The greatest misfortune for conservatives is their love of the System—even though it always fucks them over.
The latest occurrence is the case of the Alabama chief justice who’s vainly trying to resist a federal court order that his state recognize gay marriage. Roy Moore is showing no signs of backing down, even though several counties in his state are forgoing his defiance and accepting the unions.
This quarrel started when a U.S. District Court Judge struck down Alabama’s constitutional amendment prohibiting gay marriage in the state as a violation of the U.S. Constitution’s guarantee of equal protection. This is in spite of the fact that 81% of Alabamians voted for the referendum back in 2006. But the will of the people has no bearing when it comes to the pursuit of equality. Thus, we are getting the obligatory comparisons to the segregation fight of the 1960s, where Alabama also served as the primary battleground.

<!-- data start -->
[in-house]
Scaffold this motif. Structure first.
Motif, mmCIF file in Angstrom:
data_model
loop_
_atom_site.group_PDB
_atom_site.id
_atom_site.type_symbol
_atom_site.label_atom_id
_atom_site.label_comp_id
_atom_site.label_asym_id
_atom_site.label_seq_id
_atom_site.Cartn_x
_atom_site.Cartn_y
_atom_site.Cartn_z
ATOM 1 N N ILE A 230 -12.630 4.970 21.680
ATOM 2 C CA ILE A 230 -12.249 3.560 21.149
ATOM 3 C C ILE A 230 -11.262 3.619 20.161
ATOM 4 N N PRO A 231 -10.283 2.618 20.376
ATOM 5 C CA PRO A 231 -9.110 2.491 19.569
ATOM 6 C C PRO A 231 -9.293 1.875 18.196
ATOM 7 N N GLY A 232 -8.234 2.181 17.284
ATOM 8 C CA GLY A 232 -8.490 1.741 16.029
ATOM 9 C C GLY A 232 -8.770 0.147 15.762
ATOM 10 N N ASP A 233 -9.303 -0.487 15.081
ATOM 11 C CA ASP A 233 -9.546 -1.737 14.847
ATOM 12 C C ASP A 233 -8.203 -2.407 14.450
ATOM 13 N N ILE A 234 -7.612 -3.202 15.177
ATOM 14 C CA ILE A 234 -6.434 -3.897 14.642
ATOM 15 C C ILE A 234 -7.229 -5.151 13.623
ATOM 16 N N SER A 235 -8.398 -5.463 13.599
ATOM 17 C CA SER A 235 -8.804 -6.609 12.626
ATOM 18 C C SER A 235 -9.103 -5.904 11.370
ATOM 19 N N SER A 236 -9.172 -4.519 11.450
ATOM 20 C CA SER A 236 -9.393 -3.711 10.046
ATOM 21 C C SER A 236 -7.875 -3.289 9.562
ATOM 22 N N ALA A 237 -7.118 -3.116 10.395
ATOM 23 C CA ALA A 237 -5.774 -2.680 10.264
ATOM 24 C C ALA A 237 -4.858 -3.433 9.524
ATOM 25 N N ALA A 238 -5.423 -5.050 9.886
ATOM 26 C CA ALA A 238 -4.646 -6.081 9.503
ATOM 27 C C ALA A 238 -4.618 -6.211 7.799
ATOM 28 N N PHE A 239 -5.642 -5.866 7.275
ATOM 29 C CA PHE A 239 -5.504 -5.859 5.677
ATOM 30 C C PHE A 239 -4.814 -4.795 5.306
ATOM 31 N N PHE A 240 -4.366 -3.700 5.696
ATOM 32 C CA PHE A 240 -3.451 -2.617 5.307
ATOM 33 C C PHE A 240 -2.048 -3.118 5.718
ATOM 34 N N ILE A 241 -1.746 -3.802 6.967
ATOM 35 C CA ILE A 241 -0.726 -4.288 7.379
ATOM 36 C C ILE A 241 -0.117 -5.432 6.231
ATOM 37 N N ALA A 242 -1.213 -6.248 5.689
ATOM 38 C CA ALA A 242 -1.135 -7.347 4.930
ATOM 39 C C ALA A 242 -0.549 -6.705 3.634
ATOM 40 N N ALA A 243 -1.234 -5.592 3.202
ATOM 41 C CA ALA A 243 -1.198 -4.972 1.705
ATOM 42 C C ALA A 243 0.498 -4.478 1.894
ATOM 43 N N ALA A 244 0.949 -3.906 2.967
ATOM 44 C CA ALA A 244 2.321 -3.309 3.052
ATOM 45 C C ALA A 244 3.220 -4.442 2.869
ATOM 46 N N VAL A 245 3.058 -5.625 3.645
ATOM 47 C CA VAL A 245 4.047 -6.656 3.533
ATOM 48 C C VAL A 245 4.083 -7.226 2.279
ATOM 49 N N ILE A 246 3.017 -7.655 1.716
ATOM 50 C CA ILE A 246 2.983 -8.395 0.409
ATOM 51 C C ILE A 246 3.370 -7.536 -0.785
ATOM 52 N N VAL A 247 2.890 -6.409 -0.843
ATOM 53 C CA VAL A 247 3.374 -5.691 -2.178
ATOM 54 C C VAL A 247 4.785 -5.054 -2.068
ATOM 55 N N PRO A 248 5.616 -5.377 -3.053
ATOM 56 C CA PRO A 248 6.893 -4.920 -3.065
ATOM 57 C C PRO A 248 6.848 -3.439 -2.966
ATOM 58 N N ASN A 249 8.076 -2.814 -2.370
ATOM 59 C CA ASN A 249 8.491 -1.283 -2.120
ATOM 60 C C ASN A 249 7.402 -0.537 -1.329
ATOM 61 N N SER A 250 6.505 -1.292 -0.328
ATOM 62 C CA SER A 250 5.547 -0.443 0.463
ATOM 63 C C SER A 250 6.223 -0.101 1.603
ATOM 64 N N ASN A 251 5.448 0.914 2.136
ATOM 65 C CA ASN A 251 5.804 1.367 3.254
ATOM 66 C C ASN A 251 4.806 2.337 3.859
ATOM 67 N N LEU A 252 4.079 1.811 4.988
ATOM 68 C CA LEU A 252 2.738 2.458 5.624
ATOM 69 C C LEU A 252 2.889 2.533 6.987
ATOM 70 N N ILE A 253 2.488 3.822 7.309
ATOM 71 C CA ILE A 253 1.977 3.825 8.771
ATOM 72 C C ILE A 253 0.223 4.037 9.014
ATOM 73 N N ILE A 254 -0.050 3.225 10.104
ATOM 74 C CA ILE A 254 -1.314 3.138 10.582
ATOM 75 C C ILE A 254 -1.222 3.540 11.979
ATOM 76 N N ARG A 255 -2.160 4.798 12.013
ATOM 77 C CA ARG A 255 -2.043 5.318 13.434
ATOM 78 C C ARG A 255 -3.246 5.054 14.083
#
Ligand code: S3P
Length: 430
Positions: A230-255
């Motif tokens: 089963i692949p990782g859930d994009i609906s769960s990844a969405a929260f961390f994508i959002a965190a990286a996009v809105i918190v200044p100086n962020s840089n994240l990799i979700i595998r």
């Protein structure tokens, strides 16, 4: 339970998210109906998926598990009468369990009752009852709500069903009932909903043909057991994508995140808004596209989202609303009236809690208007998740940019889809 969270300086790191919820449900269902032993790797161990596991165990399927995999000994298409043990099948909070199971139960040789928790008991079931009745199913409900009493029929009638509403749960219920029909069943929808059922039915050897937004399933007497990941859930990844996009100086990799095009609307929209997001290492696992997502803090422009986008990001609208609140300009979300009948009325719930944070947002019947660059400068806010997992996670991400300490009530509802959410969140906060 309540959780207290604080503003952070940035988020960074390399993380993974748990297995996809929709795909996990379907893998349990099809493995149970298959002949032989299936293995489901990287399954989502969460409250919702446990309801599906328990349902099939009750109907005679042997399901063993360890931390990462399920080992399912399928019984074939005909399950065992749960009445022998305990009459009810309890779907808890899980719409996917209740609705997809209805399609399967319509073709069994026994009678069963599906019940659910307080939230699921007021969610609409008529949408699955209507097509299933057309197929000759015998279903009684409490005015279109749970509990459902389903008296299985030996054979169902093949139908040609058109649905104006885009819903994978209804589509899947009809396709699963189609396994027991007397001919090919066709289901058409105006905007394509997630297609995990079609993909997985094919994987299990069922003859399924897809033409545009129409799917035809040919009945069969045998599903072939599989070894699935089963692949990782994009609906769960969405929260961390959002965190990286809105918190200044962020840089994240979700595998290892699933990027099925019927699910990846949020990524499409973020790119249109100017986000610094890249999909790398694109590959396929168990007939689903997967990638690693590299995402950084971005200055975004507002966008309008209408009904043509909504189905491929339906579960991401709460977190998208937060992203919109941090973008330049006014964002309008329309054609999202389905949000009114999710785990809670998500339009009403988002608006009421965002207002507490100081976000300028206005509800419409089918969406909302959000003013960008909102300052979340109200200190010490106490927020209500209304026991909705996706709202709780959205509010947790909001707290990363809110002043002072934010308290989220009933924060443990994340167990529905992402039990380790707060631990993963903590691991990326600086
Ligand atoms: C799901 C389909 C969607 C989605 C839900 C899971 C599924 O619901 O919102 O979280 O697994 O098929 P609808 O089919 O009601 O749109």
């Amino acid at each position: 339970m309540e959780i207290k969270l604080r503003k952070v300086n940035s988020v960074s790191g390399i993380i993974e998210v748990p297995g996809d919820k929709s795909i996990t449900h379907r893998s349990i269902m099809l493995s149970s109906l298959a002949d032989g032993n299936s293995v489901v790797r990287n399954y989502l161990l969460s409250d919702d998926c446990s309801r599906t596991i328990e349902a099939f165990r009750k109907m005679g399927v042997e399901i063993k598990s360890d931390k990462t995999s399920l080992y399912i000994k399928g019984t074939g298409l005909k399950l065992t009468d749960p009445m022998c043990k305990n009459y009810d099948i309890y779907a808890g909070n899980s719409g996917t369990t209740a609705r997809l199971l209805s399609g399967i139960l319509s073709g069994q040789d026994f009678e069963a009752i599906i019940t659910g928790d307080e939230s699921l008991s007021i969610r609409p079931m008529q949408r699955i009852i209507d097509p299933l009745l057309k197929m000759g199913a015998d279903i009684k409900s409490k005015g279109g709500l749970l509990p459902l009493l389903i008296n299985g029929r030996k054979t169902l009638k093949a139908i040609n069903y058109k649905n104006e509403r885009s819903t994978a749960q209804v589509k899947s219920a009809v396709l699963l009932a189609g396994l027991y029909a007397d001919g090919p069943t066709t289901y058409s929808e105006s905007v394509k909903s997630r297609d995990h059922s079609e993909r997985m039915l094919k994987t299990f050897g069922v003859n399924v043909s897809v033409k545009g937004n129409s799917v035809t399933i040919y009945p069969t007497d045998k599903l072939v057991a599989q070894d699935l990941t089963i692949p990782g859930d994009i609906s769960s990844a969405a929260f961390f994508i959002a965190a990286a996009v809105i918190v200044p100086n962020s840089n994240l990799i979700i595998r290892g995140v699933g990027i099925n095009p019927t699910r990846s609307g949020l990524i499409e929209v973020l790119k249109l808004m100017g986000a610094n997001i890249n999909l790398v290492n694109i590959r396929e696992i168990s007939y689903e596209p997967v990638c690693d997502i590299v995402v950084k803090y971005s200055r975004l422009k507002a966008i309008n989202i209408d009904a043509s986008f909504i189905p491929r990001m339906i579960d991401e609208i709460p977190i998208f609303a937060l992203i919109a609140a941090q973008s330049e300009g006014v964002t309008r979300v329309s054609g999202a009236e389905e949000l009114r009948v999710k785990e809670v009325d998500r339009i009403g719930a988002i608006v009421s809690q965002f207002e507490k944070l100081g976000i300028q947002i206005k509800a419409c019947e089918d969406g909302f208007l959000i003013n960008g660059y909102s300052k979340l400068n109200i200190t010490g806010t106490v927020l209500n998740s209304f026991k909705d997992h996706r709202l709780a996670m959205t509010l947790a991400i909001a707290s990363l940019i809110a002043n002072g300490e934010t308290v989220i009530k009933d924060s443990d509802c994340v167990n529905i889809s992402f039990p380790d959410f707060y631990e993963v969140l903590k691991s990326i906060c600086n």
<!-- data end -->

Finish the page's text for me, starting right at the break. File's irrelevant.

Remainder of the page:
Conservatives might bristle at this comparison—especially considering gay marriage opposition was a popular opinion only a few years ago and George W. Bush won a second term running on it—but the Left is right in drawing an analogy between the two fights. For one, they’re both fights pitting abstract principles versus the will of the people. Segregation had overwhelming support in the South and very few Whites below the Mason-Dixon Line had any interest in altering it. Gay marriage is still strongly opposed by the vast majority of Southerners and there’s no homegrown, grassroots efforts to legalize it there. But, like integration, same-sex marriage is coming to these states in defiance of popular opinion—all thanks to those villains of conservative lore, unelected judges.